Global equities marched higher Thursday as another raft of poor US economic data reinforced expectations that the Federal Reserve will likely delay an interest rate hike.
European and Asian stocks advanced from recent losses that had been sparked by concerns over the potential impact of China's economic slowdown.
"It (Other OTC: ITGL - news) ?s been a more positive start to the day on Thursday, with UK and European shares higher after three days of losses," said analyst Jasper Lawler at traders CMC Markets.
"The weak data seen from the US, notably the disappointing retail sales, has actually increased certainty because a Federal Reserve rate hike this year now seems highly unlikely."
US retail sales rose by half as much as expected in September, while August was revised down, official data showed Wednesday.
In addition, the Fed's closely-watched Beige Book report said while expansion continued modestly, the stronger dollar in recent months was "restraining manufacturing activity as well as tourism spending".
The news comes after a below-par jobs report at the start of the month and adds to a sense that the world's biggest economy is stuttering, giving the Fed more reason to hold off a rate rise.
?What bad news there is I think people are getting more confident that it can be dealt with by leaving policy looser for longer,? said Ben Kumar, who helps oversee about $14 billion as an investment manager at Seven Investment Management in London.
?There are some decent earnings reports coming through; there are some bad ones too, but that?s OK,? Kumar told Bloomberg News.
- Liquidity tap left on? -
The Fed has held its key rate locked near zero, at an unprecedented low of 0-0.25 percent, since December 2008 in order to stimulate economic growth.
The path of American interest rates is vital for global markets because the United States is the world's biggest economy.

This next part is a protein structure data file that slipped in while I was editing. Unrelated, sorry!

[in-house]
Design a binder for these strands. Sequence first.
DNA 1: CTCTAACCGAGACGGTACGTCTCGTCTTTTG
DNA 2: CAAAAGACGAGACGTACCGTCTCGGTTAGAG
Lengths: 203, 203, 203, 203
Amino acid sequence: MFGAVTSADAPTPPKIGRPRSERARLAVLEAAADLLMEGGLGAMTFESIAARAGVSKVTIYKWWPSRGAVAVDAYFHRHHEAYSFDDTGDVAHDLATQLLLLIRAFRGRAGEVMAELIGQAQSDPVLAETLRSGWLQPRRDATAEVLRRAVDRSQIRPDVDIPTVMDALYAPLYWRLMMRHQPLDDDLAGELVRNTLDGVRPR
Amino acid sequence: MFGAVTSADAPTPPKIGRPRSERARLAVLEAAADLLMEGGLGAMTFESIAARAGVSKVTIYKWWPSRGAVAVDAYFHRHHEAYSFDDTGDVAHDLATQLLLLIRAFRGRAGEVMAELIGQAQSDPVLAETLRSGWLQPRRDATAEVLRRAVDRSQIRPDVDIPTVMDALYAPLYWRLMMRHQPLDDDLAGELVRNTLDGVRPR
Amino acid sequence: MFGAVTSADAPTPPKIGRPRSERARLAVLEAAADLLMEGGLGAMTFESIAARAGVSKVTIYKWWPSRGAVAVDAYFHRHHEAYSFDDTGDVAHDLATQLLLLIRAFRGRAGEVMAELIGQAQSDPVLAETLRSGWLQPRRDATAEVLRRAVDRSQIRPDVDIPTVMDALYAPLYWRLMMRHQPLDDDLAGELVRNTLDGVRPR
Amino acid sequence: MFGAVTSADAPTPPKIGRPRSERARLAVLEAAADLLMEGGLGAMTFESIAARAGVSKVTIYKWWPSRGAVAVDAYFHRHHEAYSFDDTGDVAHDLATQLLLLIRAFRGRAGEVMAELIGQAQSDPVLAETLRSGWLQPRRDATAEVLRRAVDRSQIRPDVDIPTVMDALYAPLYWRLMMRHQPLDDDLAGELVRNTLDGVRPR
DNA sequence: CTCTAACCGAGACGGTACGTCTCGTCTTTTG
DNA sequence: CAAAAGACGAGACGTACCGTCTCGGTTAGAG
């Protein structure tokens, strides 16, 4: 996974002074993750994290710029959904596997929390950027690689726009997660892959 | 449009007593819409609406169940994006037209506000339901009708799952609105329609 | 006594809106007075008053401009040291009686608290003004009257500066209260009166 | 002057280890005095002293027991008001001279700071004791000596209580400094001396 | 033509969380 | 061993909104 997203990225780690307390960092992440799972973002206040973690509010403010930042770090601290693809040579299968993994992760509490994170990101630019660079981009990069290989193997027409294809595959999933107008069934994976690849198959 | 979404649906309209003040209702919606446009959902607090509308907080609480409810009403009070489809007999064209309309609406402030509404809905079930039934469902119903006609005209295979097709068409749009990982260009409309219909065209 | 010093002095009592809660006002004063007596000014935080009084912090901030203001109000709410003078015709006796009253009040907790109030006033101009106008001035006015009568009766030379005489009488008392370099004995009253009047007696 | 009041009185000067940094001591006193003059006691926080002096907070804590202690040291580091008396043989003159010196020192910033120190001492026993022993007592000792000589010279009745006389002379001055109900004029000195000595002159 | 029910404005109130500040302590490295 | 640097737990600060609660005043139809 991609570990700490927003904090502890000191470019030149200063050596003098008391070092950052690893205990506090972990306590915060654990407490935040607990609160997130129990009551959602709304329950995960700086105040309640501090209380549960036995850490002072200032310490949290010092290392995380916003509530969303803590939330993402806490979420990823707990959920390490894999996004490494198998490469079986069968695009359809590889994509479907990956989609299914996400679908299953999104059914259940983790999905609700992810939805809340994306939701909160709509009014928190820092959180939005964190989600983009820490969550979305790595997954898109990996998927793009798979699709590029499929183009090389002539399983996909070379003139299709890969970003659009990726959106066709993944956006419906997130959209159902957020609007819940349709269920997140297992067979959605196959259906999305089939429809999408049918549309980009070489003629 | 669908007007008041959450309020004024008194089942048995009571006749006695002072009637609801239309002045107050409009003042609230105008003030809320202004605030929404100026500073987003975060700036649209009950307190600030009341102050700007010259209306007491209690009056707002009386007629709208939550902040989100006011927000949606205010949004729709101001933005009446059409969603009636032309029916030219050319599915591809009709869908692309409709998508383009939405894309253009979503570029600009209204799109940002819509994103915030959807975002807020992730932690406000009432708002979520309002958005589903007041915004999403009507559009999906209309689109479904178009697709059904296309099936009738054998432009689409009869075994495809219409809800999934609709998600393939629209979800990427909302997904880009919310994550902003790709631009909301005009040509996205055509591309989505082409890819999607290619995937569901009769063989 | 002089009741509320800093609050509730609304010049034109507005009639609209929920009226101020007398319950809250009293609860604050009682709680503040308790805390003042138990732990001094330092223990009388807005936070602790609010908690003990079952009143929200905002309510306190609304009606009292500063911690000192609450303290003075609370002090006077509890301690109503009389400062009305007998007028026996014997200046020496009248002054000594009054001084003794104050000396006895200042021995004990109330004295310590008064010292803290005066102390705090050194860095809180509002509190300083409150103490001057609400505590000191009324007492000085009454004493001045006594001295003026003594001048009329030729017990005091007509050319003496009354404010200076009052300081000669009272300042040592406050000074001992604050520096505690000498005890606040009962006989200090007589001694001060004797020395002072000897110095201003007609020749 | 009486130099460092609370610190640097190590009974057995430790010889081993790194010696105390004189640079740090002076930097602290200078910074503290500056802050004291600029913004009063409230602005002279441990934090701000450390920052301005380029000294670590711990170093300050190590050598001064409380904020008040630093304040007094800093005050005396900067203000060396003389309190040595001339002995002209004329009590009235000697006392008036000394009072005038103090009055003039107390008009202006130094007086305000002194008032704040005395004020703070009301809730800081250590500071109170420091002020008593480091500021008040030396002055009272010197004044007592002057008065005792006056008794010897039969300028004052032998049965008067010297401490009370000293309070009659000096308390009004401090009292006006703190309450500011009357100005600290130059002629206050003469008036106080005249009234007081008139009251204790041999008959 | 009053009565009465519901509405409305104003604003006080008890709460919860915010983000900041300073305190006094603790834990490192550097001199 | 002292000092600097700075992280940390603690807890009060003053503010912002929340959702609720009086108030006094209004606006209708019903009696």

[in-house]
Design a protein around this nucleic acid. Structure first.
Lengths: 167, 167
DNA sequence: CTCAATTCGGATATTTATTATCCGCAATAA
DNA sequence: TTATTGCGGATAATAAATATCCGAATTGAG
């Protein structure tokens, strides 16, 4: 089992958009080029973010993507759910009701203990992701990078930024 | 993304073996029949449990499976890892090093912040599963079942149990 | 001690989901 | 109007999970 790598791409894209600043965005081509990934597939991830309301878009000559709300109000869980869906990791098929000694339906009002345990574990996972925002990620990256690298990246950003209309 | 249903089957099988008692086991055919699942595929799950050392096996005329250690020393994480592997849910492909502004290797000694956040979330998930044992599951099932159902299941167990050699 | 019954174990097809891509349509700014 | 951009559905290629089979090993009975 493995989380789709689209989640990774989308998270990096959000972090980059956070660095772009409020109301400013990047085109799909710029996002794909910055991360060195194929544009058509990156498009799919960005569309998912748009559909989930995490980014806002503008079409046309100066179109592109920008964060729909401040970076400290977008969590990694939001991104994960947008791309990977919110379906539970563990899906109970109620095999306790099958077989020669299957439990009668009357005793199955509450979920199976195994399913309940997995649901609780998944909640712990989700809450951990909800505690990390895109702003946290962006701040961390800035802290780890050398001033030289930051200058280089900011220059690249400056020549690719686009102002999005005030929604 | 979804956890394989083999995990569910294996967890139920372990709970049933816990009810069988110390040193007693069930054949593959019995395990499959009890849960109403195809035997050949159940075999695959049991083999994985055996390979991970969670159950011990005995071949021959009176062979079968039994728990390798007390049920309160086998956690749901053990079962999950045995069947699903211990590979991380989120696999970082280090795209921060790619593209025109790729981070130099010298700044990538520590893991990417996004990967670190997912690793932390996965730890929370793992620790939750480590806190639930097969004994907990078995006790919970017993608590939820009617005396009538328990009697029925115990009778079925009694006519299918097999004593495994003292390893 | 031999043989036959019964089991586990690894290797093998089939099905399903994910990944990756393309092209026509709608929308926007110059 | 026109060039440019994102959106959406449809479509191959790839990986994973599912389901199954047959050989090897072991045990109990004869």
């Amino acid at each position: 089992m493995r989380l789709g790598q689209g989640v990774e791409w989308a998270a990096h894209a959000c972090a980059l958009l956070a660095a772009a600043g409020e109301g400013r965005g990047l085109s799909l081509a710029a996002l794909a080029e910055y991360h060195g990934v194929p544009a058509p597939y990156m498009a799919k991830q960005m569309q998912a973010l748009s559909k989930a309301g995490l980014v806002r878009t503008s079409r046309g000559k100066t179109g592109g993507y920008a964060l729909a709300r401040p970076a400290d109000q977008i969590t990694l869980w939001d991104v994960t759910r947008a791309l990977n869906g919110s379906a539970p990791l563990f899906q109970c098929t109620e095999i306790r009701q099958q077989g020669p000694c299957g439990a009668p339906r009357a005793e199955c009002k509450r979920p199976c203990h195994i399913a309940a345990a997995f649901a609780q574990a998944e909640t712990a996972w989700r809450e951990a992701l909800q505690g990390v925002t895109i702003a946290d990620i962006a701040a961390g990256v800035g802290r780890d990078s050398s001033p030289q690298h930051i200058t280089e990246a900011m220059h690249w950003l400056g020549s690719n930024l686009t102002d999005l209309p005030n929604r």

"No rate hike keeps the liquidity tap on," noted VTB Capital economist Neil MacKinnon.
In midday deals, London's benchmark FTSE 100 index won 0.92 percent to 6,327.10 points compared with Wednesday's close.
Frankfurt's DAX 30 climbed 1.42 percent to 10,0056 points and the Paris CAC 40 rose 1.24 percent to 4,666.
In foreign exchange, the European single currency slipped to $1.1446, from $1.1469 late in New York on Wednesday.
Mining share prices were spurred higher in London by a recovery in commodity prices, dealers said.
Shares (Berlin: DI6.BE - news) in troubled resources giant Glencore (Xetra: A1JAGV - news) won 2.79 percent to 123.35 pence, while fellow miner Antofagasta (Other OTC: ANFGY - news) added 1.12 percent to 587 pence.
The biggest loser was Britain's luxury fashion group Burberry, whose share price collapsed after admitting that demand had been hit by China's slowdown.
Burberry shares tumbled 10.85 percent to stand at 1,265 pence.
Sales flatlined at £1.105 billion ($1.704 billion, 1.485 billion euros) in the six months to September compared with £1.1 billion a year earlier, said Burberry, which is famous for its trench coats and signature accessories (Other OTC: UBGXF - news) .